The success of BLISS-52 may have resulted from a new design based on a post-hoc analysis of data from a disappointing phase 2 trial. In this analysis, HGS researchers identified a subpopulation of patients who had improved with treatment. The patients in this subpopulation had detectable anti-DNA antibodies and shared other characteristics as well: they were, on average, younger, were more likely to be African American, and had higher disease activity, more detectable serum BLyS levels, and higher serum immunoglobin G. The post-hoc analysis and identification of this subpopulation became the basis for a promising strategy that allowed the drug to demonstrate its efficacy.
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Explore This IssueAugust 2010
In BLISS-52, HGS focused specifically on this seropositive subpopulation, and the conference group agreed that this focus likely contributed to the success of the trial. It was also noted that, in order to retain patients in the trial, HGS allowed participants wide latitude in using other medications and did not mandate a particular steroid dosing schedule. Several attendees noted that this approach may have handicapped belimumab, because some of belimumab’s efficacy might have been masked by the presence of these other medications in both the belimumab and “placebo” arms of the study. Despite this handicap, the trial met its primary outcome measure.
Importantly, the flexible criteria helped in the recruitment and retention of 865 patients in the study, providing a power of more than 90% for the study to achieve a statistically significant difference in its primary outcome measure between the belimumab and control groups. Because BLISS-52 recruited so many patients, the trial was able to show statistical significance despite relatively modest findings: 57.6% of the belimumab-treated patients met the primary composite outcome compared with 43% of the controls.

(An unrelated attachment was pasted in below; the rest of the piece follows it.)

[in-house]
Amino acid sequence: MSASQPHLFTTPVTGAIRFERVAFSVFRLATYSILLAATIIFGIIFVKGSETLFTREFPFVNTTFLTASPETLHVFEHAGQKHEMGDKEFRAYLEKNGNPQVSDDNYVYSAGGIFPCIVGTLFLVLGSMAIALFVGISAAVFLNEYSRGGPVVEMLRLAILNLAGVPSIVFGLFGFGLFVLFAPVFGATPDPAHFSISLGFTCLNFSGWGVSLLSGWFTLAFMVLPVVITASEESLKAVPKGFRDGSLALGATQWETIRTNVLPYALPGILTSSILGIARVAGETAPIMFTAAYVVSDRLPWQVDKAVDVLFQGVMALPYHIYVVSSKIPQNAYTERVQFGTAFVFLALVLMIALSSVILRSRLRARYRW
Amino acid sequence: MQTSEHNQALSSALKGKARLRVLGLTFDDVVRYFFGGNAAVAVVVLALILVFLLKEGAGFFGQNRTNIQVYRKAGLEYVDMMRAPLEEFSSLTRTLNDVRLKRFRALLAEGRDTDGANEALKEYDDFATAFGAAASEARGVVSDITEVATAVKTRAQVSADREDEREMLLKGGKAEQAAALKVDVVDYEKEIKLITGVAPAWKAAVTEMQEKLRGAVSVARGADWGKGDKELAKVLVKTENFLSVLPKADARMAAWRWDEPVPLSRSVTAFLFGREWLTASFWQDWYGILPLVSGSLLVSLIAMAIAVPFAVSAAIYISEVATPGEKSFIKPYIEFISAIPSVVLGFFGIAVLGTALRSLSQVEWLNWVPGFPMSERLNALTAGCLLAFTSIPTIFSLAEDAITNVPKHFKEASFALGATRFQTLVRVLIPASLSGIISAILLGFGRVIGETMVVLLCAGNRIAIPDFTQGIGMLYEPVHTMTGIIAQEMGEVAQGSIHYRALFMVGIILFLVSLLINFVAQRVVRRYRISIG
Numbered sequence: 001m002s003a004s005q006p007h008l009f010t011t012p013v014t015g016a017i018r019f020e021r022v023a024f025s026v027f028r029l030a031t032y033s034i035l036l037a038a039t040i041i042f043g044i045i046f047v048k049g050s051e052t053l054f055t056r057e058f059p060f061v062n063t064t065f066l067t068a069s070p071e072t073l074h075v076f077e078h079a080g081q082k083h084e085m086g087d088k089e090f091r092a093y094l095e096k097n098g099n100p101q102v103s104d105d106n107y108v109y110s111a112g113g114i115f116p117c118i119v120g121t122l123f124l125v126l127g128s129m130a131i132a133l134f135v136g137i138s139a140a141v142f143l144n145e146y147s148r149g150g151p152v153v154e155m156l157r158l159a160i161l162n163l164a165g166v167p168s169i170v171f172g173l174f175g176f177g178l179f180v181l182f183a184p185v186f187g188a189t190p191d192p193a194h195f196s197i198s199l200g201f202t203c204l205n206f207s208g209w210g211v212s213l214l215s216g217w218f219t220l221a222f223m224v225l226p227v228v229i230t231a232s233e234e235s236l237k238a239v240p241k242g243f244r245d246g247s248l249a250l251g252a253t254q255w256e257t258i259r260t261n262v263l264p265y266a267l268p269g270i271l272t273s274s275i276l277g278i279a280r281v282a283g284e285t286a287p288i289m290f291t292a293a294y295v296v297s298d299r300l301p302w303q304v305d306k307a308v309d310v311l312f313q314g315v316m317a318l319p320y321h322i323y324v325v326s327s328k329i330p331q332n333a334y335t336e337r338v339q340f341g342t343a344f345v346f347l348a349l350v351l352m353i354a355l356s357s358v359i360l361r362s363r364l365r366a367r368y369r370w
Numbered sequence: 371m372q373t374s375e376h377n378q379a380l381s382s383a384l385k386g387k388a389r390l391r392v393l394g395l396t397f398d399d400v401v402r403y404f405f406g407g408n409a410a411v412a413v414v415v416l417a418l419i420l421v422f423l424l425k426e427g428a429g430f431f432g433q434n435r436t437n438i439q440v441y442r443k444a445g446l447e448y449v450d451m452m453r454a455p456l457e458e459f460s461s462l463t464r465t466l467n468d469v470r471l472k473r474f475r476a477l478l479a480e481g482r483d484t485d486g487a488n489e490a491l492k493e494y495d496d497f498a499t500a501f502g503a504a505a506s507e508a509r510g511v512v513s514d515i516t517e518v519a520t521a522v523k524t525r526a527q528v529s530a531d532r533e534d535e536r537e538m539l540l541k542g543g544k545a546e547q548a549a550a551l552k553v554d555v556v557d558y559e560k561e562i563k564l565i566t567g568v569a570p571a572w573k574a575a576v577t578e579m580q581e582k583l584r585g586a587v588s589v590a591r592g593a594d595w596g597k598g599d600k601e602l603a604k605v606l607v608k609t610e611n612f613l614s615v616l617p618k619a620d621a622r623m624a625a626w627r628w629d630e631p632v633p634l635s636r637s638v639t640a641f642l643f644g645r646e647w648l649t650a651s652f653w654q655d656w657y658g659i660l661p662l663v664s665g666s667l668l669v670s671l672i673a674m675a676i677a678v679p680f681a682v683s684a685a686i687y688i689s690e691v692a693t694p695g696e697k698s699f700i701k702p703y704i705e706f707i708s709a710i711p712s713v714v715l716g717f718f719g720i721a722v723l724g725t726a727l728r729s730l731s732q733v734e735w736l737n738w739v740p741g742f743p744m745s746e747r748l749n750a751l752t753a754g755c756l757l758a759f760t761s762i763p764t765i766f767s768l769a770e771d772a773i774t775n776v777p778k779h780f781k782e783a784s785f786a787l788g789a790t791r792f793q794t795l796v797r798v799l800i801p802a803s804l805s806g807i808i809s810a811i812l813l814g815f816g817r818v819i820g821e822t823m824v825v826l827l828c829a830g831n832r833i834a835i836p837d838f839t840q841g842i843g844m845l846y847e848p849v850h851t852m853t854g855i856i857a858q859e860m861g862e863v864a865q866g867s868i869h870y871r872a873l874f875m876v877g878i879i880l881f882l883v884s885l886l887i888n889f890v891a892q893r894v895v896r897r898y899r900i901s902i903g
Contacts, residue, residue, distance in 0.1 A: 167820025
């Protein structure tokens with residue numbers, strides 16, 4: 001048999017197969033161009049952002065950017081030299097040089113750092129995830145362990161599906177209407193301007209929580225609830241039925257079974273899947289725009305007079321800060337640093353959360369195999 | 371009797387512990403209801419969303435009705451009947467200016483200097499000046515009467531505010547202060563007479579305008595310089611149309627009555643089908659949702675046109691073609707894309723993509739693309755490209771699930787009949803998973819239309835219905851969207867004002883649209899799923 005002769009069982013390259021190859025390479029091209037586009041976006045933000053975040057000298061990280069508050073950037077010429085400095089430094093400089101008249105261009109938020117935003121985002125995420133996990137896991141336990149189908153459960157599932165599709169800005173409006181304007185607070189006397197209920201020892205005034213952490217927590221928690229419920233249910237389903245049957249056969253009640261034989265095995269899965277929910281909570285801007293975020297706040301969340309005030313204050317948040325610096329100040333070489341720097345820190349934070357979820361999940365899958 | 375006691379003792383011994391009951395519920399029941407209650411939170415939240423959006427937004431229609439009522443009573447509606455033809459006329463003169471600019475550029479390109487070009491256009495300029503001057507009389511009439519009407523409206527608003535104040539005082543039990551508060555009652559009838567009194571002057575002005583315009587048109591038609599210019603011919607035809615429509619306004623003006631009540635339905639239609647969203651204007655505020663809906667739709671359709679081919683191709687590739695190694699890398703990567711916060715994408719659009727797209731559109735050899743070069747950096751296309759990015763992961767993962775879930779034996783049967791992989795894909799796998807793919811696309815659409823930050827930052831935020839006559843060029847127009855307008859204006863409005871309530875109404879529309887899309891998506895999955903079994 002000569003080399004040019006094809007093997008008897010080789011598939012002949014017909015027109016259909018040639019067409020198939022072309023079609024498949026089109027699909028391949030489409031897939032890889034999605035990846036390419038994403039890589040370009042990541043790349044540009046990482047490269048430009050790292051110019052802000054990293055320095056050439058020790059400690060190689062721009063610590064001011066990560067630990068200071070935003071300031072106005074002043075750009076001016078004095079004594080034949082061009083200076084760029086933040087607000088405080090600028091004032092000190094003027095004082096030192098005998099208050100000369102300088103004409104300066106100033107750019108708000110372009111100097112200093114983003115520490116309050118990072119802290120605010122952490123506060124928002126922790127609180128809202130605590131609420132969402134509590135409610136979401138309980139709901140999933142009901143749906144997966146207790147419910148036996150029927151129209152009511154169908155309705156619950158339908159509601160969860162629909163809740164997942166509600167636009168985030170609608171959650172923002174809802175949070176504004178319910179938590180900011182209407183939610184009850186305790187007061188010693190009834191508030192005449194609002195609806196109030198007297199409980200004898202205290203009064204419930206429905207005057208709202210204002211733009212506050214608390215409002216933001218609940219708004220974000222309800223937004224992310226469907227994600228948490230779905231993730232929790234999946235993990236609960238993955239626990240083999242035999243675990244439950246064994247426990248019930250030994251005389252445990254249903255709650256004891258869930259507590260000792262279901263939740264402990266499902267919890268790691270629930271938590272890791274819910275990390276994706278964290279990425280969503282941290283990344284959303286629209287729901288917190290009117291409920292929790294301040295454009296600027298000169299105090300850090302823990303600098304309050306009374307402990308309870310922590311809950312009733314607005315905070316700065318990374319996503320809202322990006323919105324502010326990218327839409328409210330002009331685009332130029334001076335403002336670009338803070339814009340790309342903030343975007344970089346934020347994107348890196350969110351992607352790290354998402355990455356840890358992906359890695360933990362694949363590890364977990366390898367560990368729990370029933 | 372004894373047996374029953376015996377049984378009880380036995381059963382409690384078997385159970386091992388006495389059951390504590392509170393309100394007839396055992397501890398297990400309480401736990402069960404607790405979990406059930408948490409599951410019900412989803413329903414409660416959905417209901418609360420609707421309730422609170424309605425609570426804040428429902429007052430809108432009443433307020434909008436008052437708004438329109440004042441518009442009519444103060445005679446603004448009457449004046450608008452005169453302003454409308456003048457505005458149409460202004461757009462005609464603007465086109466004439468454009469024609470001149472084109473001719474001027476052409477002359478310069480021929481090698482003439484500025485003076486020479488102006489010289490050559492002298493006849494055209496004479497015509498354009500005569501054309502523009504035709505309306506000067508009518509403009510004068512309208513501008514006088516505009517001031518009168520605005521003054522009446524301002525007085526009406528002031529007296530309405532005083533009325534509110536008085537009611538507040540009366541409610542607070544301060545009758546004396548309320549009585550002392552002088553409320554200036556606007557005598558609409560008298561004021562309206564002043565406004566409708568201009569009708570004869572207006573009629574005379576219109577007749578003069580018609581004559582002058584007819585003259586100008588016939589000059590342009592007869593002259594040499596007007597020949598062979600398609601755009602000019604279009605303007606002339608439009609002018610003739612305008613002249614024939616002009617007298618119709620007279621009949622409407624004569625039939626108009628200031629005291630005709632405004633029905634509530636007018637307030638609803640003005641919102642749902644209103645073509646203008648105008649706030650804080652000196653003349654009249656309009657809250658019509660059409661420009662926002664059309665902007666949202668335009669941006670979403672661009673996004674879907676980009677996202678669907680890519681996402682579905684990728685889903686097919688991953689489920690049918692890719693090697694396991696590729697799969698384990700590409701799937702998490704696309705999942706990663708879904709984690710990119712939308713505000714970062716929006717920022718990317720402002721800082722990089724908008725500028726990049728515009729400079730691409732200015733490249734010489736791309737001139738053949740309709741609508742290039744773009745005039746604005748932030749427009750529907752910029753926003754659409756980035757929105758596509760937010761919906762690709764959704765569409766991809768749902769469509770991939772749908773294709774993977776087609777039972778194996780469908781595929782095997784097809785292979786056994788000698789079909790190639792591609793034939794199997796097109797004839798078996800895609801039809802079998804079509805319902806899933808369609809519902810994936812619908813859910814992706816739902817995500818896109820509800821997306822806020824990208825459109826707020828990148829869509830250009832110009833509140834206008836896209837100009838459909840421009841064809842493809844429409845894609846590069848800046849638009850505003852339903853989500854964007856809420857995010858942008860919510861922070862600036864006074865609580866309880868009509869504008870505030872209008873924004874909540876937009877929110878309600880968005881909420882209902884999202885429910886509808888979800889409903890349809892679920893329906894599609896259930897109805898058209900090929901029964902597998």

The successful HGS trial demonstrated that application of these particular trial design strategies can result in a statistically significant difference between a new agent and placebo on background standard-of-care treatment. The adoption of similar strategies as a general model for other lupus clinical trials was discussed, but no consensus was reached.
TABLE 1: The BILAG-2004 Index
This comprehensive computerized index measures changes in clinical disease activity over time and is based on the principle of the physicians’ intention to treat. It updates the Classic BILAG assessment and consists of questions on patient history, examination findings, and laboratory results. Separate alphabetic scores are assigned to each of nine organ-based systems:
Source: Isenberg DA, Rahman A, Allen E, et al. BILAG 2004. Development and initial validation of an updated version of the British Isles Lupus Assessment Group’s disease activity index for patients with systemic lupus erythematosus. Rheumatology (Oxford). 2005;44(7):902-906.